By Jess Fenton
20th March 2012

It’s often said that people become psychiatrists in order to diagnose themselves, whether it be consciously or subconsciously. No truer words were spoken when it comes to the tale of the sordid triangle that are the parents of psychoanalysis. Dr Carl Jung (Michael Fassbender) is at ‘A Dangerous Method’s’ core - a true story of the rather unstable birth of psychoanalysis, as the resident doctor at a psychiatric institution who is in awe of the recent theories put forth by his idol, Dr Sigmund Freud (Viggo Mortensen). Choosing to finally see these theories put into practice and substantiated, Dr Jung is presented with new patient Sabina Spielrein (Keira Knightley) - a highly disturbed, highly intelligent and sexually obsessed Russian woman (with a taste for spanking). Over time, Sabina is cured and in the process has developed a passion for the methods that saved her - including her doctor. Dr Jung and Sabina engage in an affair, as Jung and Freud also develop a strong friendship and professional partnership developing their theories and methods. But all good things must come to an end, and when dealing with this much passion, intelligence and ego, it can create a very potent and volatile mix. 


This tantalising look at human nature by the very people that helped define it is scintillating, salacious and utterly fascinating. We’re privy to these people’s most intimate dealings. We witness their highs and lows professionally and personally and everything in between as they discuss the black, white and gray matters of life. The parallels between the characters' theories and their personal lives go by completely blind to the characters themselves, which only contributes to the films endlessly engrossing subject matter.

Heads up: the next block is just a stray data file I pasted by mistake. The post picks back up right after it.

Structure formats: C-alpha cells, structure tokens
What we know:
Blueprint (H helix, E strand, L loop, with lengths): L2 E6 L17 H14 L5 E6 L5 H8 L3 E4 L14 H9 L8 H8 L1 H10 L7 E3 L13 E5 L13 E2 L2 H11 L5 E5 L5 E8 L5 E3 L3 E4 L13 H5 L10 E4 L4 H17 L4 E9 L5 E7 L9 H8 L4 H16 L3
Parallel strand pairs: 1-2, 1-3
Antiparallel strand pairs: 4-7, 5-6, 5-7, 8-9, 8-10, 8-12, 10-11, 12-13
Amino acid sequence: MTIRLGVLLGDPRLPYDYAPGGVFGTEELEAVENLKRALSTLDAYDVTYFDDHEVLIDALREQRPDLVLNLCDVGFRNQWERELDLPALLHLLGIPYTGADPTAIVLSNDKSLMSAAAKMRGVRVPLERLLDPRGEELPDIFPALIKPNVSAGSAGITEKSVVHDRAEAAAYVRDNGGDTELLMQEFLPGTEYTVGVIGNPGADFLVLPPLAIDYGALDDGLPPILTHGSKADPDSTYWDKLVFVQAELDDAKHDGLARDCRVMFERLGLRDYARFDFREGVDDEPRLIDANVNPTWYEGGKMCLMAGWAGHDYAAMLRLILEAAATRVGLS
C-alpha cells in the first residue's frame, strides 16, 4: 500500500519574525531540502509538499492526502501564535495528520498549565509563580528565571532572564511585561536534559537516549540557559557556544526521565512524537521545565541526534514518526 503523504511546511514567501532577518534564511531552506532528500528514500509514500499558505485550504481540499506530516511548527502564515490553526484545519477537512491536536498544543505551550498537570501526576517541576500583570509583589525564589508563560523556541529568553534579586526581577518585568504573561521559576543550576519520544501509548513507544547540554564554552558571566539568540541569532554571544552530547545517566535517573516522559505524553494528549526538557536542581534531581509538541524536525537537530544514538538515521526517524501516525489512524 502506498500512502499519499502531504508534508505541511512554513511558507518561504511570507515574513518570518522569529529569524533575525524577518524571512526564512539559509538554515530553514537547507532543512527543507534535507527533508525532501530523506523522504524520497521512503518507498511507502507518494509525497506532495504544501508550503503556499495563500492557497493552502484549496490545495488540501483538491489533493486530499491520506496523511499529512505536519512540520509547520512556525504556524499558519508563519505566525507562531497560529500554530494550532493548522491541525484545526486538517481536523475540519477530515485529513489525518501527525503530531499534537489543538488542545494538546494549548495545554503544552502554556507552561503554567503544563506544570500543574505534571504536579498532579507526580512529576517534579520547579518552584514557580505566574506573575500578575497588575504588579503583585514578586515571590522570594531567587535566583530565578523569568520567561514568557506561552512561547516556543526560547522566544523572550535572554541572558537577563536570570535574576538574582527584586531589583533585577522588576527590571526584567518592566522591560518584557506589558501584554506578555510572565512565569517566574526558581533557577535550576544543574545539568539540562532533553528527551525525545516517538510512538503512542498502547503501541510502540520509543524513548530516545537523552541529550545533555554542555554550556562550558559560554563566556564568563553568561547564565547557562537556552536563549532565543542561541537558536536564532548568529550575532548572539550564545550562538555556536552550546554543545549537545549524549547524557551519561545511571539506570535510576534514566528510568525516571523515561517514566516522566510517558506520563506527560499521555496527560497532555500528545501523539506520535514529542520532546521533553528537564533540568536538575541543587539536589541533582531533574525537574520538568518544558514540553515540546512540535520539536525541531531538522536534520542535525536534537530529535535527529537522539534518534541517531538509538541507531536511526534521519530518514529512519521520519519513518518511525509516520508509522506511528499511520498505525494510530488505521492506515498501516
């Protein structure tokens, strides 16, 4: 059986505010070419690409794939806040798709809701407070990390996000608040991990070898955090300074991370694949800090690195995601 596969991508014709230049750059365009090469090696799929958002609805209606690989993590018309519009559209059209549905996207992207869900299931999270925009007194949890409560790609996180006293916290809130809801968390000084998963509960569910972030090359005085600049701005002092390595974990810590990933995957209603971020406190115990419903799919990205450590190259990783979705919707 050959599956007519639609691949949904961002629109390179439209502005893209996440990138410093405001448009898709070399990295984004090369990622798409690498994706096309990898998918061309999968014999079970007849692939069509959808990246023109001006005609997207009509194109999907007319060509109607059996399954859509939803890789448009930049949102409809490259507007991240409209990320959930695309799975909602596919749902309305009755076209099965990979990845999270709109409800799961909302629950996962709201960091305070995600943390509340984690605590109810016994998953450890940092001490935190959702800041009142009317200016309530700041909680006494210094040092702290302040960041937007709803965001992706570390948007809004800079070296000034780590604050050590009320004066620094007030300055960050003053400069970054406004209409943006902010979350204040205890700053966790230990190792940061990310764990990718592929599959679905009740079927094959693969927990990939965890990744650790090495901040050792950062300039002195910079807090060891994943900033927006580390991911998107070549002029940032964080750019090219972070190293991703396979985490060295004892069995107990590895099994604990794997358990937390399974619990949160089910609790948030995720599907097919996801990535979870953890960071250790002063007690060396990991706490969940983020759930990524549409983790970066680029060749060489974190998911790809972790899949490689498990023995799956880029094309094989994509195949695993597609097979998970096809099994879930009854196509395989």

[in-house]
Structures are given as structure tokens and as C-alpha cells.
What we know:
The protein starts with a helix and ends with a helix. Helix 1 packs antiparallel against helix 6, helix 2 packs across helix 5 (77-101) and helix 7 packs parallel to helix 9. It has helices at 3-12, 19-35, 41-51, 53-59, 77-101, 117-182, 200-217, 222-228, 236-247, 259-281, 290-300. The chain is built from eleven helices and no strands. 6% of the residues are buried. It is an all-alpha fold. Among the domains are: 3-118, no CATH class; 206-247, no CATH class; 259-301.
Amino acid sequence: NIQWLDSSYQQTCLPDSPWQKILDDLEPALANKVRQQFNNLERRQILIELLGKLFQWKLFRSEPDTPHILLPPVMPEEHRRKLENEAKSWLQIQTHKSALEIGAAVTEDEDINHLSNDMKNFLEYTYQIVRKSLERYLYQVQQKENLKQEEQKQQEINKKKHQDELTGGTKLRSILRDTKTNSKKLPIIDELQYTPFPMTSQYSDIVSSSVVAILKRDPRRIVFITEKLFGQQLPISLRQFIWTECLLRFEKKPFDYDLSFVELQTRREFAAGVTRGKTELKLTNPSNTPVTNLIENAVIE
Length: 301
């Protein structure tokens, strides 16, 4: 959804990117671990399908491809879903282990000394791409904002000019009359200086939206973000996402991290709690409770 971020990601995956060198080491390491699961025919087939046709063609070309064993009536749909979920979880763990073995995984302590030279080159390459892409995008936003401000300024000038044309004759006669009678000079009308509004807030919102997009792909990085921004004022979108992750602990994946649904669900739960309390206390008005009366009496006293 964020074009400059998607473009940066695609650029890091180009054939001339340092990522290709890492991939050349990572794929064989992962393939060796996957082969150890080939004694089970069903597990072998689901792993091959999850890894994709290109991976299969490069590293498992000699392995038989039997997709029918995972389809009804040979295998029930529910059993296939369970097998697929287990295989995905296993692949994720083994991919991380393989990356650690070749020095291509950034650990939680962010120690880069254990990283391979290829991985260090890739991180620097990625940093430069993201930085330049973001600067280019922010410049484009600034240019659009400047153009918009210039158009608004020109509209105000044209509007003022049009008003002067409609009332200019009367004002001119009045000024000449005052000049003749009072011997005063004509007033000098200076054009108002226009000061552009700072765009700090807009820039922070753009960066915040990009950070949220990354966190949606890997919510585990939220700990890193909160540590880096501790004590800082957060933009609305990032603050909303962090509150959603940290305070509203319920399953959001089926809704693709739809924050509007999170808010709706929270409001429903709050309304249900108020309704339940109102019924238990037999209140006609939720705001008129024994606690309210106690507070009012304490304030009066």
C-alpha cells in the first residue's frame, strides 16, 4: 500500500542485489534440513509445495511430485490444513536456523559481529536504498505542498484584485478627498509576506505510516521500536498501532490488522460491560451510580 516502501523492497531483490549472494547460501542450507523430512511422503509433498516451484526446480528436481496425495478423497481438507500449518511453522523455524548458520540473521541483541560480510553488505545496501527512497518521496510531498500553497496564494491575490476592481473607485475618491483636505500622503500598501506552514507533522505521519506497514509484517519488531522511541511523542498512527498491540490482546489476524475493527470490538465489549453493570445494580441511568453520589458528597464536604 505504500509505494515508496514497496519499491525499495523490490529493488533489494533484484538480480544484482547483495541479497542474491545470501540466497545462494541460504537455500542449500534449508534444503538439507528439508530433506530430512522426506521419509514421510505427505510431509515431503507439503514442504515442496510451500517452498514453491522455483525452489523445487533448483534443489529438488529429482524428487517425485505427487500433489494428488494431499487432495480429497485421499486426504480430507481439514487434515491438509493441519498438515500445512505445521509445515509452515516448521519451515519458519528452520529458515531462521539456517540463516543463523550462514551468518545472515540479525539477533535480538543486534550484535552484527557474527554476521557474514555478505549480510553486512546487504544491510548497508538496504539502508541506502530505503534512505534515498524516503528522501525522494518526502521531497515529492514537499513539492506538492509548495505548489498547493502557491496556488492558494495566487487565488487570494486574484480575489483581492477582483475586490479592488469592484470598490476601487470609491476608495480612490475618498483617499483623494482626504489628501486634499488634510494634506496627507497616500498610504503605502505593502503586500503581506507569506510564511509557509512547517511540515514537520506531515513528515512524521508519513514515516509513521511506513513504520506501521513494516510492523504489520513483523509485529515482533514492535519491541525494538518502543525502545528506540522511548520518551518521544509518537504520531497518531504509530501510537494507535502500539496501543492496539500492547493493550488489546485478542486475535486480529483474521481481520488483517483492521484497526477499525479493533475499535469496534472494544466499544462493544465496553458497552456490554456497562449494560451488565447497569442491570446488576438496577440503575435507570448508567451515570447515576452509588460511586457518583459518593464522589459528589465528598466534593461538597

The trio of outstanding actors is lead by current “it” guy Michael Fassbender, who also happens to be one of the most brave actors currently working - unfazed by the extra miles needed physically and emotionally to truly portray a character, or in this case, a real person. Mortensen brings his usual effortless virility, although an unexpected characteristic assigned to the epicurean Freud. However it’s Knightley who steals the show. What initially starts as an overindulgent and excessive amount of girning, does in fact become a subtly layered and discerning performance worthy of its accolades. This is Knightly as you’ve never seen her before, adopting some of that courage shared by her co-star Fassbender. Knightley ensures that Elizabeth Bennet is well and truly dead.

The trio of outstanding actors is lead by current “it” guy Michael Fassbender, who also happens to be one of the most brave actors currently working - however it’s Knightley who steals the show.

A film for those endlessly fascinated by those creatures we call humans and the nature that makes them so. This is a look at history in the making, the very people behind it and what's in fact behind them... And of course, those who aren’t afraid of getting a little kinky.

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